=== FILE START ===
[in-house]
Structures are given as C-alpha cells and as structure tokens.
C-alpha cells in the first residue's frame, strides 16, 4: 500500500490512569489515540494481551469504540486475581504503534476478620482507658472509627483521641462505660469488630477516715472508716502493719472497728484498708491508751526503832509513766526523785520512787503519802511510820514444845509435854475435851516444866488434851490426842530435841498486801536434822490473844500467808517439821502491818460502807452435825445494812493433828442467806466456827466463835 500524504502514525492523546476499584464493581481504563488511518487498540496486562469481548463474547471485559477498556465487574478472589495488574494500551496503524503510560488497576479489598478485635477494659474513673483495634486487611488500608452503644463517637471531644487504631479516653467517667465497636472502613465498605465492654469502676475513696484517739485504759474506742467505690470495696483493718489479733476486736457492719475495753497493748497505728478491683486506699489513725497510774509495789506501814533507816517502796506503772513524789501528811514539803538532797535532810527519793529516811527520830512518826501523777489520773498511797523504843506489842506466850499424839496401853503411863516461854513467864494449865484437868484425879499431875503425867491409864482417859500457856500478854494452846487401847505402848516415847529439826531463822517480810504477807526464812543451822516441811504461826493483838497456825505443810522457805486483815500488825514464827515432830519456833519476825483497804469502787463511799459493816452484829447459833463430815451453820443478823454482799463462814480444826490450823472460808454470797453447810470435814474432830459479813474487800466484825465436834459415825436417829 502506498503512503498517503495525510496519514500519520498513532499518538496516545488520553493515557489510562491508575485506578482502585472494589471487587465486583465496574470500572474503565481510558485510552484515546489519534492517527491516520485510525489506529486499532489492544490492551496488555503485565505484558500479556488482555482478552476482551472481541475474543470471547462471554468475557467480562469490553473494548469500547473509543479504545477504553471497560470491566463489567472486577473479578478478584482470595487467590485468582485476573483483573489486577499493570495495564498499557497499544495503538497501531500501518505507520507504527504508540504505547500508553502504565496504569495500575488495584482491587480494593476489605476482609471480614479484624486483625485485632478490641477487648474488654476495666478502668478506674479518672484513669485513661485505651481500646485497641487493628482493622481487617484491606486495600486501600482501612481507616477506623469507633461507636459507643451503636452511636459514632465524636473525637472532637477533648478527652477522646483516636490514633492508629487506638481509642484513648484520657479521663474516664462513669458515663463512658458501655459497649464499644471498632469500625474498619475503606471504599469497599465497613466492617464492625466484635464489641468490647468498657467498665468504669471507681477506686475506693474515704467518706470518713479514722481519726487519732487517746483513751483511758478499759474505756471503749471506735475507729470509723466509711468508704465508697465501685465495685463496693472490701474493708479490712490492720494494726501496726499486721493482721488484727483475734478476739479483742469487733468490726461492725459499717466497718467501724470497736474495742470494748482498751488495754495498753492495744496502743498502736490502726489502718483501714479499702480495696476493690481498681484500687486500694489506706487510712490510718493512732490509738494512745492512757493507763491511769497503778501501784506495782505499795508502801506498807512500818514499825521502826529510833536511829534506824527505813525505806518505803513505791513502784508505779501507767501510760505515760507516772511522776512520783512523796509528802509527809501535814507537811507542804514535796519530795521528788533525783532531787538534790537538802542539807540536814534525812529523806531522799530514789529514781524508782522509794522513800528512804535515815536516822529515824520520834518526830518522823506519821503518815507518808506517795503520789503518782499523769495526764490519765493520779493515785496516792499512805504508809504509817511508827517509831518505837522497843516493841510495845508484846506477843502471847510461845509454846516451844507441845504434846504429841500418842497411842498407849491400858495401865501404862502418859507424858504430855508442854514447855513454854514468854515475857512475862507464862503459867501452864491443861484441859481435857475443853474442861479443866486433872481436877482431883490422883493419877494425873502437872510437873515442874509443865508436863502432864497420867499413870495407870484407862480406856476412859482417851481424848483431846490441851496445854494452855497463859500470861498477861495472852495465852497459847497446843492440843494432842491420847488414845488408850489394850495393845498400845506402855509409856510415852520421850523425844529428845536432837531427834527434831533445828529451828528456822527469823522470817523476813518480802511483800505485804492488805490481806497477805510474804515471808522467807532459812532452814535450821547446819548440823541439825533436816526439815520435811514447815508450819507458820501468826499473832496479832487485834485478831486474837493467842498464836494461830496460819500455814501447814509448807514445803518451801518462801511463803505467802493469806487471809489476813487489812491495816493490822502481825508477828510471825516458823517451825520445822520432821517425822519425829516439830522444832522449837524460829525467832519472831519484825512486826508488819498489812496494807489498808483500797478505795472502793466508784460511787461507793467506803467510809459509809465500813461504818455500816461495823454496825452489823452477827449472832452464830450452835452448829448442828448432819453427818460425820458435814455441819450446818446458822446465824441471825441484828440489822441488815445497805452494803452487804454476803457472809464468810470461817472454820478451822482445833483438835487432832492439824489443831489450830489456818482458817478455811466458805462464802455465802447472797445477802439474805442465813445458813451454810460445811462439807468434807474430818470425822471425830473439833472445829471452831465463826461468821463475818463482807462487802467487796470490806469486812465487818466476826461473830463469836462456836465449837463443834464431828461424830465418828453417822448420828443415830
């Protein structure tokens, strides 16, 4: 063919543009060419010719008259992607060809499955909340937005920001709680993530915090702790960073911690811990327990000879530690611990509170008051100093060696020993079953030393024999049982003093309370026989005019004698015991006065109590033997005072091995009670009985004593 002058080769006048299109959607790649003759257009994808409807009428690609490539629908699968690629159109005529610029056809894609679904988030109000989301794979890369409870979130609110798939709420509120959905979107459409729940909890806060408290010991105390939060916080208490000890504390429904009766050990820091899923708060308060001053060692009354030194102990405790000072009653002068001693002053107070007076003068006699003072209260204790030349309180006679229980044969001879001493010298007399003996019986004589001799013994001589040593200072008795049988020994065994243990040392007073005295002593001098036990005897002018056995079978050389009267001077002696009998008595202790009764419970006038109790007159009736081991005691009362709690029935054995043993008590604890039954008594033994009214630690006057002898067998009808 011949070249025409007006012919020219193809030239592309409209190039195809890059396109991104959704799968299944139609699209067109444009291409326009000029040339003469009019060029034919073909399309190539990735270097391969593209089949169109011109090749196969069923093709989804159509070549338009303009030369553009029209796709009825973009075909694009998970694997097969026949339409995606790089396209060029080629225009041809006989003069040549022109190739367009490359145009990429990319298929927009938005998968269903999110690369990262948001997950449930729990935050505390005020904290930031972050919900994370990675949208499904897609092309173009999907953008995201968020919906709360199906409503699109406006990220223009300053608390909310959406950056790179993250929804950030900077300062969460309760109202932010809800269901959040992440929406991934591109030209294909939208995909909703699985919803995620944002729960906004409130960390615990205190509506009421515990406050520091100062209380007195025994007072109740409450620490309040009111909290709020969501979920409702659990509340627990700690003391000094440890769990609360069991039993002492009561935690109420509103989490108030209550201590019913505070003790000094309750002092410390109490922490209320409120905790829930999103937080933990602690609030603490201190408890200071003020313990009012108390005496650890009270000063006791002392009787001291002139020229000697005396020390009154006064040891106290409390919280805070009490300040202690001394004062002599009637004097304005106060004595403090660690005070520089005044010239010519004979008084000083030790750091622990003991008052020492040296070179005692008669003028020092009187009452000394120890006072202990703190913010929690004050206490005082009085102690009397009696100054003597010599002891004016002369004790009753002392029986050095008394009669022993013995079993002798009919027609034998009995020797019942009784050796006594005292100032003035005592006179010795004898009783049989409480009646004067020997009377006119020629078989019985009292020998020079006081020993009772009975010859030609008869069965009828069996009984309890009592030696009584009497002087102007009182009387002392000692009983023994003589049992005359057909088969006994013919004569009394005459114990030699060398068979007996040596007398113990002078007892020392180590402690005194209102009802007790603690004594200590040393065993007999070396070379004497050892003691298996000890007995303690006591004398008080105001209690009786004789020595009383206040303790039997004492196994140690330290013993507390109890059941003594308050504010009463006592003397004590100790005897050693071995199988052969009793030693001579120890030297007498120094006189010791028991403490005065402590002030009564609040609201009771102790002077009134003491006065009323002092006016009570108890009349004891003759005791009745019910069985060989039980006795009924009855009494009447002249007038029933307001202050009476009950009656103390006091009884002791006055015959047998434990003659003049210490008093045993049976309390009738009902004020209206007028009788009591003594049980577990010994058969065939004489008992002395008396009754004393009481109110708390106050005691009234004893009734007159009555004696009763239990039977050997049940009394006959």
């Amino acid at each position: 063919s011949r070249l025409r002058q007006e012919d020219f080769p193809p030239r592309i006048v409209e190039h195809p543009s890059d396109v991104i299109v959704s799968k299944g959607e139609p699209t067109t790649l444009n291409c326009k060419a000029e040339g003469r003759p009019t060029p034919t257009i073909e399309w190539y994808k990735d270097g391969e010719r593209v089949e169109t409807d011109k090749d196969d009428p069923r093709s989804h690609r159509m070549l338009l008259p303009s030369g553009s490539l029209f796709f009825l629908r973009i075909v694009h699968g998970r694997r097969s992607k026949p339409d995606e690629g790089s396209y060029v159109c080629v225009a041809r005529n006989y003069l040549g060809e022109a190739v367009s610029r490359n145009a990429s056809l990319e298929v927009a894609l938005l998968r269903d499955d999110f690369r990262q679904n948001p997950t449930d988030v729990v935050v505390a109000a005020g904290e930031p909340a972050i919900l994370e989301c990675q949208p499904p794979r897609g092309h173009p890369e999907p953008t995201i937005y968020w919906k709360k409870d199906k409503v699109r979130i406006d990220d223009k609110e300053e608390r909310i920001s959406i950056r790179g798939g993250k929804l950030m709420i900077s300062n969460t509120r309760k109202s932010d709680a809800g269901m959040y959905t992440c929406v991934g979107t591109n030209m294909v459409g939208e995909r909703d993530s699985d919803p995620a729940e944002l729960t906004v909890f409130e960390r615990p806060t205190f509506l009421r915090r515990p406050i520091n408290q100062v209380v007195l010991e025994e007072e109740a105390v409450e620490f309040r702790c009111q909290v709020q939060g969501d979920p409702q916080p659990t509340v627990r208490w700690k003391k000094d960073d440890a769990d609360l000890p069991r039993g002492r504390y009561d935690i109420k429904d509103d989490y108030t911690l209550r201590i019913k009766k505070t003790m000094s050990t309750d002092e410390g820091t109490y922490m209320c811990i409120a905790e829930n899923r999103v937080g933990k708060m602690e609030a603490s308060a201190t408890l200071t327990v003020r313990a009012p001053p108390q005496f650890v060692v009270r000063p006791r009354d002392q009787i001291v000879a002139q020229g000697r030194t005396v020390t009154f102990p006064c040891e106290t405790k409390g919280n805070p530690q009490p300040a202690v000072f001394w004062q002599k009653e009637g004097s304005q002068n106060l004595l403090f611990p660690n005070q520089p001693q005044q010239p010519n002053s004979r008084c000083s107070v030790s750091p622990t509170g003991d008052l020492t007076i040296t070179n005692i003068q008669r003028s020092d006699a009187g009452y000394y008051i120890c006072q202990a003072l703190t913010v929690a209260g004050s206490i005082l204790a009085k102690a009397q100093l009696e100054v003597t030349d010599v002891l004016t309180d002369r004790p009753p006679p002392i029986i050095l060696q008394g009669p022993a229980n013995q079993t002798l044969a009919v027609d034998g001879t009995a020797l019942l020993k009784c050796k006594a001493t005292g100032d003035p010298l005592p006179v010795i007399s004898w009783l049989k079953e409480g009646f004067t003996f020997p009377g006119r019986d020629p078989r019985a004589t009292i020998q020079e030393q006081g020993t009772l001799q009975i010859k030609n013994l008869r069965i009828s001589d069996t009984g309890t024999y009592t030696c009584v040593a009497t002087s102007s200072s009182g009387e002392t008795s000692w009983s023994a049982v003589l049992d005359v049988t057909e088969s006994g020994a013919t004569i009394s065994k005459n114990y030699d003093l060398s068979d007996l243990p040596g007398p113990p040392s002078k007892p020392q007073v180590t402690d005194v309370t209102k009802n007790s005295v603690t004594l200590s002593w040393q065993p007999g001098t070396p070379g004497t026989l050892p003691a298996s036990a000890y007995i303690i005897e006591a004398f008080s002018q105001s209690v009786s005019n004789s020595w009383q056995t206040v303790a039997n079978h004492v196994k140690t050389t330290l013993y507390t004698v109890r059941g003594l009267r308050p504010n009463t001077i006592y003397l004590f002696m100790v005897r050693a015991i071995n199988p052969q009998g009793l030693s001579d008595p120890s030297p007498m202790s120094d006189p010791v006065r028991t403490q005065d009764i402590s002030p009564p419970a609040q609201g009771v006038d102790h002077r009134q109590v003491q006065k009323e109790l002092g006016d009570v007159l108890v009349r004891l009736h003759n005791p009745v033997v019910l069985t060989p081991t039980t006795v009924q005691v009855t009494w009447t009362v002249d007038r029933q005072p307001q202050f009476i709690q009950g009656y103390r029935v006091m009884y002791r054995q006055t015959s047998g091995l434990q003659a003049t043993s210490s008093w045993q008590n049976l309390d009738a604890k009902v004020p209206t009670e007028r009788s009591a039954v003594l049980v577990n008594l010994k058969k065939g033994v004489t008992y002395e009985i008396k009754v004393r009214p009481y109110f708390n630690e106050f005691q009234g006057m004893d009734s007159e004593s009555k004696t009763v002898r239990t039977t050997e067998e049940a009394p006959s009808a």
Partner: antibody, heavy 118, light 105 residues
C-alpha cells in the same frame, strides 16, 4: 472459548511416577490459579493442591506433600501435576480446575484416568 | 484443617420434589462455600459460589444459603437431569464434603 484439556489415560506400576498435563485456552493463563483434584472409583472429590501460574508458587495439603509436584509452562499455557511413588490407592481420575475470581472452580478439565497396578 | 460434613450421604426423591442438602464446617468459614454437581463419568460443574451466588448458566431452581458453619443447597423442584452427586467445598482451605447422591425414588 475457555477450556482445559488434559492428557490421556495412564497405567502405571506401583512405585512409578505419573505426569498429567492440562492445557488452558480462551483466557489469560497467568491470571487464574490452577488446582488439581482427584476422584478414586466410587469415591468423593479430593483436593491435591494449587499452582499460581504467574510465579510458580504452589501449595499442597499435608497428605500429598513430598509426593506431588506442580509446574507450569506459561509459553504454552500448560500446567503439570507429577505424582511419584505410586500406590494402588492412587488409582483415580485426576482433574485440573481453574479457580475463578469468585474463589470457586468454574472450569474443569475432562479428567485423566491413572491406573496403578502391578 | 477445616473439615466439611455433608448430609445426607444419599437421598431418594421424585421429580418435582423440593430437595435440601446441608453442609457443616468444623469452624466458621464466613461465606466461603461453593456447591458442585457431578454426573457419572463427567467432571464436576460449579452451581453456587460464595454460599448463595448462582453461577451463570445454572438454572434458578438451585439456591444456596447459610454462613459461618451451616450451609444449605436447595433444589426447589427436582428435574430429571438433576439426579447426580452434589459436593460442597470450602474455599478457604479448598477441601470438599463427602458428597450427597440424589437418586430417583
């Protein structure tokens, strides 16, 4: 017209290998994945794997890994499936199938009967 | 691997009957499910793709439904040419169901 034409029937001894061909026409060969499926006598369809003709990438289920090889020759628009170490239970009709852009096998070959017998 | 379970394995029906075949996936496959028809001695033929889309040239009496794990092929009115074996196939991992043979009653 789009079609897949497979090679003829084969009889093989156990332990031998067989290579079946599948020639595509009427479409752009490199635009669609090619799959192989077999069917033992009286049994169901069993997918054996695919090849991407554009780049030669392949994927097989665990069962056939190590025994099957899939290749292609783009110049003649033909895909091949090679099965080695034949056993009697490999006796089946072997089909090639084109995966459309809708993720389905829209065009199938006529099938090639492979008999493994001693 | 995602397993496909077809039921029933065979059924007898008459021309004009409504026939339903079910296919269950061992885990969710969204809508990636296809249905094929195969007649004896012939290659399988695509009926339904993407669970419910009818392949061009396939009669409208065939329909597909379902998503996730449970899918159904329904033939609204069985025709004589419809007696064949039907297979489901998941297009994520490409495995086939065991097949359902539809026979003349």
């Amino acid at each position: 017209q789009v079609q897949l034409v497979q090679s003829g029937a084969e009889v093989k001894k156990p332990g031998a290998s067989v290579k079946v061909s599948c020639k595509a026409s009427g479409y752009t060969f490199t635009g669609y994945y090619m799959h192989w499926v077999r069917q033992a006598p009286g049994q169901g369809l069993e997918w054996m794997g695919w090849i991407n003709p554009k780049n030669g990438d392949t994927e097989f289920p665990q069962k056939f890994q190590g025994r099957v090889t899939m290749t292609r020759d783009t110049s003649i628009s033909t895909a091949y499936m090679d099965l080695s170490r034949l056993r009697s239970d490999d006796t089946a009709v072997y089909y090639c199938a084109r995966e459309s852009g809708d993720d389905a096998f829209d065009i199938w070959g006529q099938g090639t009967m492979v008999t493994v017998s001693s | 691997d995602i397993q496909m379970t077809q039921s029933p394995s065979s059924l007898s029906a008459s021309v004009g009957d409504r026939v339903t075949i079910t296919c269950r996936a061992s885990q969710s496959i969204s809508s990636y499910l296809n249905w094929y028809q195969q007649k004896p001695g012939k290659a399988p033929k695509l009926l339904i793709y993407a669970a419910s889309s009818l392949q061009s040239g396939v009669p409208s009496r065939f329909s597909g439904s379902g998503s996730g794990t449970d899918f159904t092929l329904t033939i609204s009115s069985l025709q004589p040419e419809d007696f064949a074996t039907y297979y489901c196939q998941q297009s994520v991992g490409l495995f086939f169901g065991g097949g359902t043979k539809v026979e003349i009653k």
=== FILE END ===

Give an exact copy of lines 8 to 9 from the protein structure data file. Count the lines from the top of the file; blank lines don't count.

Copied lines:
């Protein structure tokens, strides 16, 4: 017209290998994945794997890994499936199938009967 | 691997009957499910793709439904040419169901 034409029937001894061909026409060969499926006598369809003709990438289920090889020759628009170490239970009709852009096998070959017998 | 379970394995029906075949996936496959028809001695033929889309040239009496794990092929009115074996196939991992043979009653 789009079609897949497979090679003829084969009889093989156990332990031998067989290579079946599948020639595509009427479409752009490199635009669609090619799959192989077999069917033992009286049994169901069993997918054996695919090849991407554009780049030669392949994927097989665990069962056939190590025994099957899939290749292609783009110049003649033909895909091949090679099965080695034949056993009697490999006796089946072997089909090639084109995966459309809708993720389905829209065009199938006529099938090639492979008999493994001693 | 995602397993496909077809039921029933065979059924007898008459021309004009409504026939339903079910296919269950061992885990969710969204809508990636296809249905094929195969007649004896012939290659399988695509009926339904993407669970419910009818392949061009396939009669409208065939329909597909379902998503996730449970899918159904329904033939609204069985025709004589419809007696064949039907297979489901998941297009994520490409495995086939065991097949359902539809026979003349």
């Amino acid at each position: 017209q789009v079609q897949l034409v497979q090679s003829g029937a084969e009889v093989k001894k156990p332990g031998a290998s067989v290579k079946v061909s599948c020639k595509a026409s009427g479409y752009t060969f490199t635009g669609y994945y090619m799959h192989w499926v077999r069917q033992a006598p009286g049994q169901g369809l069993e997918w054996m794997g695919w090849i991407n003709p554009k780049n030669g990438d392949t994927e097989f289920p665990q069962k056939f890994q190590g025994r099957v090889t899939m290749t292609r020759d783009t110049s003649i628009s033909t895909a091949y499936m090679d099965l080695s170490r034949l056993r009697s239970d490999d006796t089946a009709v072997y089909y090639c199938a084109r995966e459309s852009g809708d993720d389905a096998f829209d065009i199938w070959g006529q099938g090639t009967m492979v008999t493994v017998s001693s | 691997d995602i397993q496909m379970t077809q039921s029933p394995s065979s059924l007898s029906a008459s021309v004009g009957d409504r026939v339903t075949i079910t296919c269950r996936a061992s885990q969710s496959i969204s809508s990636y499910l296809n249905w094929y028809q195969q007649k004896p001695g012939k290659a399988p033929k695509l009926l339904i793709y993407a669970a419910s889309s009818l392949q061009s040239g396939v009669p409208s009496r065939f329909s597909g439904s379902g998503s996730g794990t449970d899918f159904t092929l329904t033939i609204s009115s069985l025709q004589p040419e419809d007696f064949a074996t039907y297979y489901c196939q998941q297009s994520v991992g490409l495995f086939f169901g065991g097949g359902t043979k539809v026979e003349i009653k």